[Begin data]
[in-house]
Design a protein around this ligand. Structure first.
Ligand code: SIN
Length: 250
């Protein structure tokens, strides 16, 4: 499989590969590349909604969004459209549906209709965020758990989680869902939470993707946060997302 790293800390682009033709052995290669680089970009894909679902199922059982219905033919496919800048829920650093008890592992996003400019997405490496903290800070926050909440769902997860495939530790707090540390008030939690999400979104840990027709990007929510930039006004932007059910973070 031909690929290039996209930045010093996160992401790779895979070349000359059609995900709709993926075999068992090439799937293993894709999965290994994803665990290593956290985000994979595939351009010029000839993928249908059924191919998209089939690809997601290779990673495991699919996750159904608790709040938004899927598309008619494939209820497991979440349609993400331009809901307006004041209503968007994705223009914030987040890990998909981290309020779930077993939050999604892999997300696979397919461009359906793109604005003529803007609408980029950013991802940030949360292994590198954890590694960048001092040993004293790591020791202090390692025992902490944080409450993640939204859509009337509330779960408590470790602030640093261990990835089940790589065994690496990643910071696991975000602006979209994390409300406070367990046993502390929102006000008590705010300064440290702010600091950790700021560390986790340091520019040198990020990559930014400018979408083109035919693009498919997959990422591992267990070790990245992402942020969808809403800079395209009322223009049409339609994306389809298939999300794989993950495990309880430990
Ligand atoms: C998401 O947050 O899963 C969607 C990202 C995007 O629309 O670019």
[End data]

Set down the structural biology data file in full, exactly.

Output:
[in-house]
Design a protein around this ligand. Structure first.
Ligand code: SIN
Length: 250
């Protein structure tokens, strides 16, 4: 499989590969590349909604969004459209549906209709965020758990989680869902939470993707946060997302 790293800390682009033709052995290669680089970009894909679902199922059982219905033919496919800048829920650093008890592992996003400019997405490496903290800070926050909440769902997860495939530790707090540390008030939690999400979104840990027709990007929510930039006004932007059910973070 031909690929290039996209930045010093996160992401790779895979070349000359059609995900709709993926075999068992090439799937293993894709999965290994994803665990290593956290985000994979595939351009010029000839993928249908059924191919998209089939690809997601290779990673495991699919996750159904608790709040938004899927598309008619494939209820497991979440349609993400331009809901307006004041209503968007994705223009914030987040890990998909981290309020779930077993939050999604892999997300696979397919461009359906793109604005003529803007609408980029950013991802940030949360292994590198954890590694960048001092040993004293790591020791202090390692025992902490944080409450993640939204859509009337509330779960408590470790602030640093261990990835089940790589065994690496990643910071696991975000602006979209994390409300406070367990046993502390929102006000008590705010300064440290702010600091950790700021560390986790340091520019040198990020990559930014400018979408083109035919693009498919997959990422591992267990070790990245992402942020969808809403800079395209009322223009049409339609994306389809298939999300794989993950495990309880430990
Ligand atoms: C998401 O947050 O899963 C969607 C990202 C995007 O629309 O670019």